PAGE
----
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The Healing Power of Art

The Healing Power of Art

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Published by SanctuaryMuch
This article discusses the history and benefits of art and creative expression as a healing modality.
This article discusses the history and benefits of art and creative expression as a healing modality.

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Published by: SanctuaryMuch on Nov 12, 2009
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08/19/2010

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The Healing Power of Art
 
"Art opens the closets, airs out the cellars and attics. It brings healing." 
~ Julia Cameronfrom her book
The Artist's Way.
 Born from the mists of time the healing powerof art, music and creative expression havealways been practiced.
Ancient tribal culturesused dance, music, costume and storytellingto invoke or release specific energies (spirit)for healing
. Whether these rituals were usedto purify the tribesman before the hunt orinvite the blessings of spirit,
all tribal people essentially believed that there was a healingenergy or spirit that could be released from an individual by going into the sacred space of music or art and fully participating in the experience
.In Native American traditions, the
Navaho medicine men utilized the ancient art of sandpainting for healing
. In this practice, the sick or wounded individual lay on the groundwhile the medicine man created images around them simultaneously communicating thehealing story of these images to the rest of the tribe. It is believed that the spoken word of thestory as well as the use of specific colors and shapes influenced spirit and the healing process of the individual.Despite its ancient roots, art as a form of therapy did not emerge as a distinct profession untilthe 1940s.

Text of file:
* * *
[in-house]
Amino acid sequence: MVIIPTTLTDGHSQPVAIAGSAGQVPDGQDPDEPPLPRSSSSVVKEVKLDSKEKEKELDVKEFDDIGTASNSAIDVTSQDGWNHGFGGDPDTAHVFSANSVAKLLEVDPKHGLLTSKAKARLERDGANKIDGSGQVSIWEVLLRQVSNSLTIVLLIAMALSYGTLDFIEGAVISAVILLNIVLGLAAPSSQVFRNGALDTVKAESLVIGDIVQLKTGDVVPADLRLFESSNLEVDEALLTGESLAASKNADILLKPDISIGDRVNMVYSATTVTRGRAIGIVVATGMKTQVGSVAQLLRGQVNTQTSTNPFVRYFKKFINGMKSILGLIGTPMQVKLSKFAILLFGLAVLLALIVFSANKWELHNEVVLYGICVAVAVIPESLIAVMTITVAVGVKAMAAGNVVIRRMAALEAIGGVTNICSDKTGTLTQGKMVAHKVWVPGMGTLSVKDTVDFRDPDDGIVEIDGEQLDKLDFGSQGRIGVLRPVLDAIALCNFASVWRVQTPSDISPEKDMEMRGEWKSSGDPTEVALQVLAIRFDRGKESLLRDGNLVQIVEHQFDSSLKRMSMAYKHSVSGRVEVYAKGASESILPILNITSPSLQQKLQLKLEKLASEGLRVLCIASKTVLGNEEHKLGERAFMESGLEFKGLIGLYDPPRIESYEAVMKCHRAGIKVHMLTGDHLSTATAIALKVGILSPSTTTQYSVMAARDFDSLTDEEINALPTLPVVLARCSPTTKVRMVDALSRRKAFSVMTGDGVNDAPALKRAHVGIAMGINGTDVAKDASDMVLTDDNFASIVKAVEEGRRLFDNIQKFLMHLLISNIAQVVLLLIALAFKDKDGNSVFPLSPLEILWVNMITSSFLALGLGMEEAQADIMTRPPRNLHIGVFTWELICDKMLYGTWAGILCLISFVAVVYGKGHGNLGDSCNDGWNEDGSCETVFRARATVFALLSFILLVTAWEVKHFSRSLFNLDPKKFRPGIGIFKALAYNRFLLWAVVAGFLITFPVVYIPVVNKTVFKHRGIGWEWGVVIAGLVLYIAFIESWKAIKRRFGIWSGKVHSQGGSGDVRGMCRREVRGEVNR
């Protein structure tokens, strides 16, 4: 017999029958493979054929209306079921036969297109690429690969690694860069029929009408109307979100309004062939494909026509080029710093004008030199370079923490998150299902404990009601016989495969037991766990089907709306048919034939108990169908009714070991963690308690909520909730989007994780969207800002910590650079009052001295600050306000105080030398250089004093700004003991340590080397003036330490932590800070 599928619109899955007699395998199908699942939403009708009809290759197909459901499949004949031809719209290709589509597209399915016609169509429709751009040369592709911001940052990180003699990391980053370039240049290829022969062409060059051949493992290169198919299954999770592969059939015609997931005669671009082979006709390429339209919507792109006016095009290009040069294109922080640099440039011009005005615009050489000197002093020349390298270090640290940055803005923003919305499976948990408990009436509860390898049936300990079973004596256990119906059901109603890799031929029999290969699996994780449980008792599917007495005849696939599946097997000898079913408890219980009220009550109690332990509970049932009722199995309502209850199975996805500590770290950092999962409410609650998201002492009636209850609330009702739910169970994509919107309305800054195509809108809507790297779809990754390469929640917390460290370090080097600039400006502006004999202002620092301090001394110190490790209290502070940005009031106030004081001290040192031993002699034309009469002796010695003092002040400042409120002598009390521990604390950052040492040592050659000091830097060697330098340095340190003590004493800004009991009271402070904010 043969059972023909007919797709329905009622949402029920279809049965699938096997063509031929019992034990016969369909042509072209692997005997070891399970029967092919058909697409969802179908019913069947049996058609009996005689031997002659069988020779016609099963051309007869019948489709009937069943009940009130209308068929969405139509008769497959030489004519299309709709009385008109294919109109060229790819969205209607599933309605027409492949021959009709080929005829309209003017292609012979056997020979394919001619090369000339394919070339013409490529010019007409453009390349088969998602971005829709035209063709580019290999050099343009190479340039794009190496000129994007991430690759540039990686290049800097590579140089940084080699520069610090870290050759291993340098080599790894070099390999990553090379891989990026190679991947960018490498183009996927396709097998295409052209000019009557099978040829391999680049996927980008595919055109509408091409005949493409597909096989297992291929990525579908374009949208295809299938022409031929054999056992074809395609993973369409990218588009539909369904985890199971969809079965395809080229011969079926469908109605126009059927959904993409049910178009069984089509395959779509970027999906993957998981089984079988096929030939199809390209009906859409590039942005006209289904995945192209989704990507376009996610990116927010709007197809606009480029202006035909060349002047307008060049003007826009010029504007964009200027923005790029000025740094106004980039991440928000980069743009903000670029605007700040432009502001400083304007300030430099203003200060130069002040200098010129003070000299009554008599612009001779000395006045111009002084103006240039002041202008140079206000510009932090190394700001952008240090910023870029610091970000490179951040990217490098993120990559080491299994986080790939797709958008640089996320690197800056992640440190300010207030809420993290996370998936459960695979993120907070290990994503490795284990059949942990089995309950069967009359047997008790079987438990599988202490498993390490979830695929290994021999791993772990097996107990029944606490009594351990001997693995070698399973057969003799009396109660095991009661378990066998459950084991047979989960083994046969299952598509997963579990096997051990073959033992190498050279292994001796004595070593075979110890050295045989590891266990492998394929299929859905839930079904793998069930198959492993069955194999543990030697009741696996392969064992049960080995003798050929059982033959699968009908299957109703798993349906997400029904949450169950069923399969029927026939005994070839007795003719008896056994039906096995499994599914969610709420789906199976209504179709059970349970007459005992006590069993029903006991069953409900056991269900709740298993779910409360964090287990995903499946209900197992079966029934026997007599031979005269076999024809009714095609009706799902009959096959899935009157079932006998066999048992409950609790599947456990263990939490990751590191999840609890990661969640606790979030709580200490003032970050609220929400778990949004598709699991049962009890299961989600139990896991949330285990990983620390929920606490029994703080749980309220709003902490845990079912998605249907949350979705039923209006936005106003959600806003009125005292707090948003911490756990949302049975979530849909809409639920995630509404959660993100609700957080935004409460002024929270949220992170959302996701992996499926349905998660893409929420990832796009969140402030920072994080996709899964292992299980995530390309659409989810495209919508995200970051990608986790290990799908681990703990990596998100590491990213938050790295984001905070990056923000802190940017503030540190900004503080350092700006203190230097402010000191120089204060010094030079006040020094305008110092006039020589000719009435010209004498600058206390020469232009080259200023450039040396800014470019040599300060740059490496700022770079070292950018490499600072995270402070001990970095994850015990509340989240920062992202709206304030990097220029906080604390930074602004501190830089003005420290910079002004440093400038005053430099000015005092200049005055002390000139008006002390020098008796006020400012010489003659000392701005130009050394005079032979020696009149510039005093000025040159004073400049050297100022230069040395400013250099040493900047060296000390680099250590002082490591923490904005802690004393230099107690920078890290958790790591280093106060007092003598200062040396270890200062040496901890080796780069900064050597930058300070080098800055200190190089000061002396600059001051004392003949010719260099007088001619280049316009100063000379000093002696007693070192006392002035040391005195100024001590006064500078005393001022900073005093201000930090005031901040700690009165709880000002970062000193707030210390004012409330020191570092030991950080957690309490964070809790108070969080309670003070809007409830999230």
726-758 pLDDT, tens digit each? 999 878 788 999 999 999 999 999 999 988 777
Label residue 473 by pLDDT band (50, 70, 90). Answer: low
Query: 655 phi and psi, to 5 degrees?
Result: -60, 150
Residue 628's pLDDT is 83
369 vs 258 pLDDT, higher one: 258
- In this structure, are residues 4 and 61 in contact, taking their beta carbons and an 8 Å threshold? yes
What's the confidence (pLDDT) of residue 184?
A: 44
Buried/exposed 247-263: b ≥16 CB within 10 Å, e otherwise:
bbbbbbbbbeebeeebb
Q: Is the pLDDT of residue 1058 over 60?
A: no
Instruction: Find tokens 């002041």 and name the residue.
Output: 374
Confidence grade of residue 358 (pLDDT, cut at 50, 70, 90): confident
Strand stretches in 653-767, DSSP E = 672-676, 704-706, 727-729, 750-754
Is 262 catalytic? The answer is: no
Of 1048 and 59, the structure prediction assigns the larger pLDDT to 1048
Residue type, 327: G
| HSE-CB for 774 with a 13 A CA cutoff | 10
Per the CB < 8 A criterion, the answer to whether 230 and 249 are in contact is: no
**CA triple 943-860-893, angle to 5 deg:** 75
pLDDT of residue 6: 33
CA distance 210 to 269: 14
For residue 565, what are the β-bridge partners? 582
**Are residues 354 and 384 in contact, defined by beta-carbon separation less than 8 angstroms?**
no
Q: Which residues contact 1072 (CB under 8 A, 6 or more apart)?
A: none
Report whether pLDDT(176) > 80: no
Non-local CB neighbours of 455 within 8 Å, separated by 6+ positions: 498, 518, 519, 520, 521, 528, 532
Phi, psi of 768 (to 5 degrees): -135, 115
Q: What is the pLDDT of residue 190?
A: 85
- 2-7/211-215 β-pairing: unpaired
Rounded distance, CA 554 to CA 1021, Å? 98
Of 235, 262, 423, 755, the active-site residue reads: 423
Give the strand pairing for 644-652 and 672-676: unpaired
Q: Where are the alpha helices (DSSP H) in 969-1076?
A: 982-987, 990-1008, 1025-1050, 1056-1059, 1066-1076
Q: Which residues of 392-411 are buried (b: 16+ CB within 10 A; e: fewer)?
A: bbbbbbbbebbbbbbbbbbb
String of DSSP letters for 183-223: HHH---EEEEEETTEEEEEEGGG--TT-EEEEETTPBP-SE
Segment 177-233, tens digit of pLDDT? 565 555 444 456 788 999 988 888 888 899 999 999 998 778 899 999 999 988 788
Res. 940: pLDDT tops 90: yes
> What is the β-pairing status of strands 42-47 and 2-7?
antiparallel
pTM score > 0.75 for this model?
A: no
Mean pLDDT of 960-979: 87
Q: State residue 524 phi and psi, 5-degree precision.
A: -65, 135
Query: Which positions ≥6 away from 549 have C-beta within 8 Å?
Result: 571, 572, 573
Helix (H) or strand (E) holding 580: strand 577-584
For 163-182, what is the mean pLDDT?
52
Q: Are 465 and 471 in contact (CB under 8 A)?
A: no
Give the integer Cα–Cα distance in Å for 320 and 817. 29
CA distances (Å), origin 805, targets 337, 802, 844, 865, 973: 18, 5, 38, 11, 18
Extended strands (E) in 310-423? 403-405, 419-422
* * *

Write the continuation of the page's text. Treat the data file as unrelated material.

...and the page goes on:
In psychology, it is believed that art has a way of bypassing our defenses that aremore prominent during verbal communication
. The writings of Sigmund Freud reveal histheory that art has the capacity to unearth the unconscious material of the mind. Allison
Glatstein, a registered Art Therapist in South Pasadena states, “Ar
t therapy is an experience of art wherein individuals are allowed space to make art in a therapeutic setting to either enhance
the talk therapy process or to allow the art creation process to be the therapy itself.”
 
Glatstein theorizes, “The art media (aka “art supplies”) serve as an intermediary between
therapist and client or a proxy for communication. In other words, through choosing, using andsometimes avoiding certain art supplies, the client has a safe way of communication their needsin a relationship. When carefully observed and witnessed by an attuned art therapist, this

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